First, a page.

Direct people to 211. 211 Maine is working on the front lines of the pandemic. Expert 211 specialists provide real-time information on social services and other resources to those in need. If you know someone who is struggling, or just looking for a source of reliable information, tell them to dial 211 (or 1-866-811-5695) or text their zip code to 898-211. They can also find information by visiting www.maine.gov/dhhs/coronavirus.
Make a donation to the COVID-19 Emergency Response Fund for Eastern Maine. And don’t forget about your favorite charity. They may have just had to cancel their biggest fundraiser of the year. Nonprofits need your help now more than ever.
Volunteer. The United Way of Eastern Maine (UWEM) has established the COVID-19 Emergency Response Volunteer site for Eastern Maine to meet the immediate needs of individuals and families that are impacted by COVID-19. Organizations that serve populations in need every day will find themselves under-resourced to serve a growing demand for those services. This site has been set up to connect volunteers with opportunities to help our Eastern Maine communities.If you are an individual interested in volunteering or an organization looking for volunteers learn more and sign up today at: volunteerme.unitedwayem.org/aem
Use the telephone, email, text messaging, and social media to connect with friends, family, and others.
Talk “face to face” with friends and loved ones using Skype or FaceTime.
Relax your body often by doing things that work for you-take deep breaths, stretch, meditate or pray, or engage in activities you enjoy.
Pace yourself between stressful activities, and do something fun after a hard task.
Talk about your experiences and feelings to loved ones and friends, if you find it helpful.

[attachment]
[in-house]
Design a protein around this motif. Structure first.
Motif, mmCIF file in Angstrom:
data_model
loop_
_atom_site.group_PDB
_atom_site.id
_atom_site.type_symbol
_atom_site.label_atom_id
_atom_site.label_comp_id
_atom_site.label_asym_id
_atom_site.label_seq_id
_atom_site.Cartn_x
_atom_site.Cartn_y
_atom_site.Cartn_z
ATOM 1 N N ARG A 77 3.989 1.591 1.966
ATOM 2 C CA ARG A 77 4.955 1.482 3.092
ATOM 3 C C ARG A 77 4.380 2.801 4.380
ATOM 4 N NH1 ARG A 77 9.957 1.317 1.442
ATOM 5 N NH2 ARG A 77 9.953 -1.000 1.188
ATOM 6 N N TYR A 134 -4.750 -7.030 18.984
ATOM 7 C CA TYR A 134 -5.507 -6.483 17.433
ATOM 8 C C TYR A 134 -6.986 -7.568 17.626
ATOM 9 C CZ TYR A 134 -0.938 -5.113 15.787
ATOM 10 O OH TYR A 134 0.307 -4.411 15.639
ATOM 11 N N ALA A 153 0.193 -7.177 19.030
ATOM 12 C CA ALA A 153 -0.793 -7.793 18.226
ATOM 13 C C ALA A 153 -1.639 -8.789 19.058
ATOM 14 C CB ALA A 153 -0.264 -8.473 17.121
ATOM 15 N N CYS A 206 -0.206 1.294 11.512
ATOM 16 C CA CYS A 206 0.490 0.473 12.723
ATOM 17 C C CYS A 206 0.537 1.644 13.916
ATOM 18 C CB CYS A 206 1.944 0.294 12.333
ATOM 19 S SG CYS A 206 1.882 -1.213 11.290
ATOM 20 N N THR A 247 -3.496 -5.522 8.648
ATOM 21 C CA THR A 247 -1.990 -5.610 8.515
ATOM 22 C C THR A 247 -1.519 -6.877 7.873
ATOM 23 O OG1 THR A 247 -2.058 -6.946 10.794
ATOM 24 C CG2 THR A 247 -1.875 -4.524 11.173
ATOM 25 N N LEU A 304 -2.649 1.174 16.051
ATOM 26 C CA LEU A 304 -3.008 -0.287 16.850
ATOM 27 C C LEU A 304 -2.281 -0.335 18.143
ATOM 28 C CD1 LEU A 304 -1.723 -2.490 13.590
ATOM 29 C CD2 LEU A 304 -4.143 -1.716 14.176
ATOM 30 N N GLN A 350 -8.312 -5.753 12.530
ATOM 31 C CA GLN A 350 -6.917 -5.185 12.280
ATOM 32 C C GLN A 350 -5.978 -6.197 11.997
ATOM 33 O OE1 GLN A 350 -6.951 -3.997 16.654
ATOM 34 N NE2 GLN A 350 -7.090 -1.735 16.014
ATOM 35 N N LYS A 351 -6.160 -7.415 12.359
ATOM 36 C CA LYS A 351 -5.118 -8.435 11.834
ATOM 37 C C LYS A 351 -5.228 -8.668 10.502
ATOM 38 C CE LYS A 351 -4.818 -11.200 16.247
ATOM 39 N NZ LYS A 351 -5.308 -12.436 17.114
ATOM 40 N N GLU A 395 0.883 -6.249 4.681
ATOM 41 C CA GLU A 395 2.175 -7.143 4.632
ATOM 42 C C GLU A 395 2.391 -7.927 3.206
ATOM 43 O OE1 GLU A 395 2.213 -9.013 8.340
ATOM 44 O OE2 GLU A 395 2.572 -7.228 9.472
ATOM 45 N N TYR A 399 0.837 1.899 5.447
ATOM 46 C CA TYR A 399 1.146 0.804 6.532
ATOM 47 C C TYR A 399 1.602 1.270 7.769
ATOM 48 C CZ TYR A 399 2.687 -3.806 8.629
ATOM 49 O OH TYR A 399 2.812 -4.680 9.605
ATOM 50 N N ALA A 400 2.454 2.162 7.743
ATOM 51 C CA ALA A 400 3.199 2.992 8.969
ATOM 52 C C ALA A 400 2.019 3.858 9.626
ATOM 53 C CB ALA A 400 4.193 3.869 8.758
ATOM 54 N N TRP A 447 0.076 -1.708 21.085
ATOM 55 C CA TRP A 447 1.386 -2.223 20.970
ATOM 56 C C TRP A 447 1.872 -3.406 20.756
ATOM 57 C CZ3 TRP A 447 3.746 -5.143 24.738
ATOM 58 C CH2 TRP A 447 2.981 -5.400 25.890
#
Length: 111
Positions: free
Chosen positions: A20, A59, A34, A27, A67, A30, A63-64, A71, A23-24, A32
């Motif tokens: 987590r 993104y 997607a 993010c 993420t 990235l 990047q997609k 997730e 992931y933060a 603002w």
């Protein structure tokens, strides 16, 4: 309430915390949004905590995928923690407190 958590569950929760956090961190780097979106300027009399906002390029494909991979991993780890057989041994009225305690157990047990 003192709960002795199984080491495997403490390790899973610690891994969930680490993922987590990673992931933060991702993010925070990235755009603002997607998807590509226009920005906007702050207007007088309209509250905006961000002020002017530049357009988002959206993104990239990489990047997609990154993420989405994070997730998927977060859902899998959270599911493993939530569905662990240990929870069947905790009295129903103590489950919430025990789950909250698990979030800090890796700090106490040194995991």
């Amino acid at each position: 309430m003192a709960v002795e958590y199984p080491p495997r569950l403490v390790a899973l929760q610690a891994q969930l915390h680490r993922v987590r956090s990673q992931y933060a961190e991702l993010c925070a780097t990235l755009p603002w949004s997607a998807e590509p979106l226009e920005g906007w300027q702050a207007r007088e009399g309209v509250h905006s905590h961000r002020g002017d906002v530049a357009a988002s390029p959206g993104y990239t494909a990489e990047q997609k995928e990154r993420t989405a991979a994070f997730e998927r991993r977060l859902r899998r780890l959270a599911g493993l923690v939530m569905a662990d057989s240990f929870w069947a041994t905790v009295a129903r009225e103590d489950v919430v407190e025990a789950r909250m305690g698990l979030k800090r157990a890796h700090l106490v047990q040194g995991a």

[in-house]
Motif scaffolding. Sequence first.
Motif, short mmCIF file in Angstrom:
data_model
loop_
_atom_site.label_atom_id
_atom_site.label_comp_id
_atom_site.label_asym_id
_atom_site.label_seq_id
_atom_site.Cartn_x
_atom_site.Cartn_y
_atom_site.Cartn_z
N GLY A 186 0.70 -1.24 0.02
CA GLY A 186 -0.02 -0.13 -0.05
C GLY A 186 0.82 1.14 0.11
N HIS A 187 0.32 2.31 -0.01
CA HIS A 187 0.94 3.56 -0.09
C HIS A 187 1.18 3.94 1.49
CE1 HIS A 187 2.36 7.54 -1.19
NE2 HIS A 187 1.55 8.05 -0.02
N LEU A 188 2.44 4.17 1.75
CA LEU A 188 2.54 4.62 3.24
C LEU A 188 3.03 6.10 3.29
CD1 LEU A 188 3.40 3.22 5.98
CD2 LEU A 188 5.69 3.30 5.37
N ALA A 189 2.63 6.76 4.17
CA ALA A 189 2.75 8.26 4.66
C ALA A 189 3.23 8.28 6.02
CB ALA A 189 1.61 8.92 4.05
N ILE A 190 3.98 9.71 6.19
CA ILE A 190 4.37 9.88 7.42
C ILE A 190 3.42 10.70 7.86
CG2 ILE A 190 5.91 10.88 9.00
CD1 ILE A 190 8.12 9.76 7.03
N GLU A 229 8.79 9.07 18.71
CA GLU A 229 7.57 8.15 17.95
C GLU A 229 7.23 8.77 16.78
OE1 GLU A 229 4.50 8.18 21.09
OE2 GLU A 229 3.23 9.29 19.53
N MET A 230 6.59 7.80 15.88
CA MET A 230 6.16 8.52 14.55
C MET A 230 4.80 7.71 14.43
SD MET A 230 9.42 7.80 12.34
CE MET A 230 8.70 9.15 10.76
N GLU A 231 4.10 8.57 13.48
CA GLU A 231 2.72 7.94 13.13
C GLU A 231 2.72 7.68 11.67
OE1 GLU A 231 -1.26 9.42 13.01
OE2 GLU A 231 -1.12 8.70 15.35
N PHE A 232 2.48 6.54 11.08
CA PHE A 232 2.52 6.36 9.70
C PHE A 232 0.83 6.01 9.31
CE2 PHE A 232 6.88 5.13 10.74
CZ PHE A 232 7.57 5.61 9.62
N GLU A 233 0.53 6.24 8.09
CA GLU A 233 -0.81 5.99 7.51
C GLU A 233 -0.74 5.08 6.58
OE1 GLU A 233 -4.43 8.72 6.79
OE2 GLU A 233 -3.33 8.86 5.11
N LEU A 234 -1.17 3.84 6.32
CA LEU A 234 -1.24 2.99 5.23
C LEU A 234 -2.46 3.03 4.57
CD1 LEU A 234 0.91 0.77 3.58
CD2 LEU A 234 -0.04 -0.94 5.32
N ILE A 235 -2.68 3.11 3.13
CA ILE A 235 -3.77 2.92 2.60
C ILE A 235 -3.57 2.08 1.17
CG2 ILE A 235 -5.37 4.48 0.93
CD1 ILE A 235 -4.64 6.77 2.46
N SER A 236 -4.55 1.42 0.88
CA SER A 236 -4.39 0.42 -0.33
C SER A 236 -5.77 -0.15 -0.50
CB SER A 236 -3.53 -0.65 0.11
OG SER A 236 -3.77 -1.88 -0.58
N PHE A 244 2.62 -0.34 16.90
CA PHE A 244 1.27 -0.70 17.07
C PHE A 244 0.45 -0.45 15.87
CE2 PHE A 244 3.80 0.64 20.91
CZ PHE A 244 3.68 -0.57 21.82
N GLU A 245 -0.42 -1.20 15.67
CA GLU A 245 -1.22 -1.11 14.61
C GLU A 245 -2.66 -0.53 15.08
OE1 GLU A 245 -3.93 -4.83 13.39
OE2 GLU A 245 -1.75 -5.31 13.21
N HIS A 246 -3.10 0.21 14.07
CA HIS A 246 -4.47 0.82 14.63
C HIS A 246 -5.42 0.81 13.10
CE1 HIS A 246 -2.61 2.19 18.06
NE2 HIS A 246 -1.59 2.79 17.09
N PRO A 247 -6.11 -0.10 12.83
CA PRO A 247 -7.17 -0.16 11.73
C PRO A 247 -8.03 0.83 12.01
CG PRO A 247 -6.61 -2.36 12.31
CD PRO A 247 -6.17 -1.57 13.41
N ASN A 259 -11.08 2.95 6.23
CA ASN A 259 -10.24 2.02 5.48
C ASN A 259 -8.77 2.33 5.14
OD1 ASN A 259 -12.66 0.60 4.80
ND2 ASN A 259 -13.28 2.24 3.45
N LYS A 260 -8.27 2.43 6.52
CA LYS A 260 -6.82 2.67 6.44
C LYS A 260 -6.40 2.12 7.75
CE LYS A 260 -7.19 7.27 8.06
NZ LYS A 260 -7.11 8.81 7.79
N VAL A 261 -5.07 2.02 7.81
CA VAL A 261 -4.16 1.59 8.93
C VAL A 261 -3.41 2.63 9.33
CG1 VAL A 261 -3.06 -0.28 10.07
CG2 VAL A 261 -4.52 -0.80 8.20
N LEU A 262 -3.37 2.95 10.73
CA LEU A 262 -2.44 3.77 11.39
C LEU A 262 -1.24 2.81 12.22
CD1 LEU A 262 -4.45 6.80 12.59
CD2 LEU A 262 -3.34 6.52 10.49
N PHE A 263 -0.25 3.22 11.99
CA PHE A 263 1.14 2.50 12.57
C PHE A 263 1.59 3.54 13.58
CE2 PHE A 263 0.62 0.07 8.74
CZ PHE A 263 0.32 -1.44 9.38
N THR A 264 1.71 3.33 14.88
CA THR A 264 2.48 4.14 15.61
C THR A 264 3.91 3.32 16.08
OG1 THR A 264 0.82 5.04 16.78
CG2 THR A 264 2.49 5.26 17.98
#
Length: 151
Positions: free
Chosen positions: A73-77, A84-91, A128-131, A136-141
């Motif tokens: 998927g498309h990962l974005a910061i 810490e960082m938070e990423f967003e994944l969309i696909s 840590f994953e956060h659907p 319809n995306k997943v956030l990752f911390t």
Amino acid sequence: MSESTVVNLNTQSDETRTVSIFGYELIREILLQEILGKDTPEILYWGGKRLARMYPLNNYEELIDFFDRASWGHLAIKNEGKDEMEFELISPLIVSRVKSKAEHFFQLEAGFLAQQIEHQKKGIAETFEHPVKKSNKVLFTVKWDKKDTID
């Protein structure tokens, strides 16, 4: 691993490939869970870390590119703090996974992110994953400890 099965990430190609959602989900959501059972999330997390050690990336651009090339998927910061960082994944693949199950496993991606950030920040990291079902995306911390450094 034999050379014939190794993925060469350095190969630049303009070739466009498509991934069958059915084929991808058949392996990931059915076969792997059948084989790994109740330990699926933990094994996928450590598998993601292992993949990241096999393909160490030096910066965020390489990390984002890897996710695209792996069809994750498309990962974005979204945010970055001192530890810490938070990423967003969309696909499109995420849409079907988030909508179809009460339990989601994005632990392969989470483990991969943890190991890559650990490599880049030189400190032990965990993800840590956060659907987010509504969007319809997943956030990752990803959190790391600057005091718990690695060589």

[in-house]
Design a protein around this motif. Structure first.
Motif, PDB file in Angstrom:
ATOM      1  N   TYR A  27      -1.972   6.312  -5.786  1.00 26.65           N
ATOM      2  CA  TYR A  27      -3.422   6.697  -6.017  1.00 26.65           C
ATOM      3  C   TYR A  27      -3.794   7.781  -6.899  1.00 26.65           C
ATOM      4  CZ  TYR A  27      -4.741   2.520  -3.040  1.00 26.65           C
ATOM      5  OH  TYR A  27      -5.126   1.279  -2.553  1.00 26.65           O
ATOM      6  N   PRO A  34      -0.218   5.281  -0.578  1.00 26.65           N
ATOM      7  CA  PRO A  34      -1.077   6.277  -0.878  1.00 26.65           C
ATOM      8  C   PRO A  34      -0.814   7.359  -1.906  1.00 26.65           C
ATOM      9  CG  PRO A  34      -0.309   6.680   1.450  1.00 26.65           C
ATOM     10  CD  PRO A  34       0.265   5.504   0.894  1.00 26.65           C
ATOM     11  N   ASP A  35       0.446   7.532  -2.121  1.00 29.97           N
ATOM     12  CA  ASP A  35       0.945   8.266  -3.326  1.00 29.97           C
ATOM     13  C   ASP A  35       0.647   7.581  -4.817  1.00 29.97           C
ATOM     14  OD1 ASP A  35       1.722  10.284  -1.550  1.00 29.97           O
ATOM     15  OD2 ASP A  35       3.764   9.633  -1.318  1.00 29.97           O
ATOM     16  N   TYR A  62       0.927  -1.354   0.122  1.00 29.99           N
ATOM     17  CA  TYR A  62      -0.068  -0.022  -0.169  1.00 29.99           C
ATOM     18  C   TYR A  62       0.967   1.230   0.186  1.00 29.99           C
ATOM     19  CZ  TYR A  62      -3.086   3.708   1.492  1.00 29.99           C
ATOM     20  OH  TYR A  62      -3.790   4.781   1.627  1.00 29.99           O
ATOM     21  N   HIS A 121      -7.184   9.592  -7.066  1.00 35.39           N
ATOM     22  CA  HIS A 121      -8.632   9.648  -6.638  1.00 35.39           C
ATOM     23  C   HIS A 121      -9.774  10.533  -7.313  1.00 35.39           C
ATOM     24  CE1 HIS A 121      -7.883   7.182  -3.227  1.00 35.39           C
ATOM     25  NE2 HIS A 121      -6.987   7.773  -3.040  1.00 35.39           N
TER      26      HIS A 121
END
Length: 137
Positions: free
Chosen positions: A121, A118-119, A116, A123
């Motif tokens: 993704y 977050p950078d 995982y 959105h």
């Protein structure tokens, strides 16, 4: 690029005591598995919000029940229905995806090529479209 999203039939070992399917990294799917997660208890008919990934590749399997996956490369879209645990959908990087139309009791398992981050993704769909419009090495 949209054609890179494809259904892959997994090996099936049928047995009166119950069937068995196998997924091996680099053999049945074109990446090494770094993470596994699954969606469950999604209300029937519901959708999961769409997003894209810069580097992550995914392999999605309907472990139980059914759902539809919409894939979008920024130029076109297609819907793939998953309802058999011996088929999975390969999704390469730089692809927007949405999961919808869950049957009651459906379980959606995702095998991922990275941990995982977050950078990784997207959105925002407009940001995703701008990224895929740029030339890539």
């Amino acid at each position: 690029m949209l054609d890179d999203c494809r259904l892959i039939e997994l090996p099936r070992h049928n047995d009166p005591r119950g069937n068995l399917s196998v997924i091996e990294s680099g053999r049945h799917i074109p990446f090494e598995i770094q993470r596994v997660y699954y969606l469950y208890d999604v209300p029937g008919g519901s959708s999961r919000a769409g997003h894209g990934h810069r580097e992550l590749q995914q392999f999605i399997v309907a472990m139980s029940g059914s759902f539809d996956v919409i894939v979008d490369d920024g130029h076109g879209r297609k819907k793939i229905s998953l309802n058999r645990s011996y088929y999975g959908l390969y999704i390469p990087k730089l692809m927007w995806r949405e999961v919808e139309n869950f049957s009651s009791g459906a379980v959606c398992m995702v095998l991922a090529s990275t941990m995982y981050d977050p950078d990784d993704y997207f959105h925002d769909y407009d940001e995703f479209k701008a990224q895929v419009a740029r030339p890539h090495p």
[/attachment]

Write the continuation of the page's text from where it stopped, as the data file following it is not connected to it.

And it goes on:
Maintain a sense of hope and positive thinking; consider keeping a journal where you write down things you are grateful for or that are going well.
Take breaks from watching, reading, or listening to news stories, including social media. Hearing about the pandemic repeatedly can be upsetting.
Take care of your body. Try to eat healthy, well-balanced meals, exercise regularly, get plenty of sleep.
Keep busy with hobbies, try out arts and crafts, pick up an old musical instrument, organize family game nights, and step outside for fresh air.
Make time to unwind.
Take time to talk with your child or teen about the COVID-19 outbreak. Answer questions and share facts about COVID-19 in a way that your child or teen can understand.
Reassure your child or teen that they are safe. Let them know it is ok if they feel upset. Share with them how you deal with your own stress so that they can learn how to cope from you.
Limit your family’s exposure to news coverage of the event, including social media. Children may misinterpret what they hear and can be frightened about something they do not understand.
Try to keep up with regular routines. Create a schedule for learning activities and relaxing or fun activities.
Be a role model. Take breaks, get plenty of sleep, exercise, and eat well. Connect with your friends and family members.
Check in on your neighbors, especially those who are older. If you do not have their phone number, consider leaving a note with your contact information in the mailbox or on the door, or talking through the door to see if they need support in accessing services or food.
People who live alone will likely feel scared, helpless, sad, or even panicked. Now more than ever, family, friends and neighbors should be reaching out to people who are living alone.
Donate blood to help maintain a sufficient blood supply and prevent shortages as concerns about the outbreak of COVID-19 rise in the U.S.
It’s scary to see empty shelves when you are out of a particular item, but please do not hoard or over-buy essential items, most stores across are doing their best to restock as soon as possible.
Support local small businesses who have experienced a significant decrease in patronage by purchasing gift certificates for use later, ordering for delivery or pick up
Pay for cancelled services that you already had booked. If you have regular appointments on the calendar — like with a nanny, babysitter, dog walker, spa or salon worker, fitness instructor, house cleaners, masseuses, etc. — if you are able, consider paying your providers even though you can’t get your services right now.
Use your tech skills and offer to help people who could benefit, for example, helping someone file for unemployment, helping an older neighbor get set up with a Google Home or FaceTime to connect with loved ones.
If you have additional ideas for how to offer support, please send suggestions to firstname.lastname@example.org.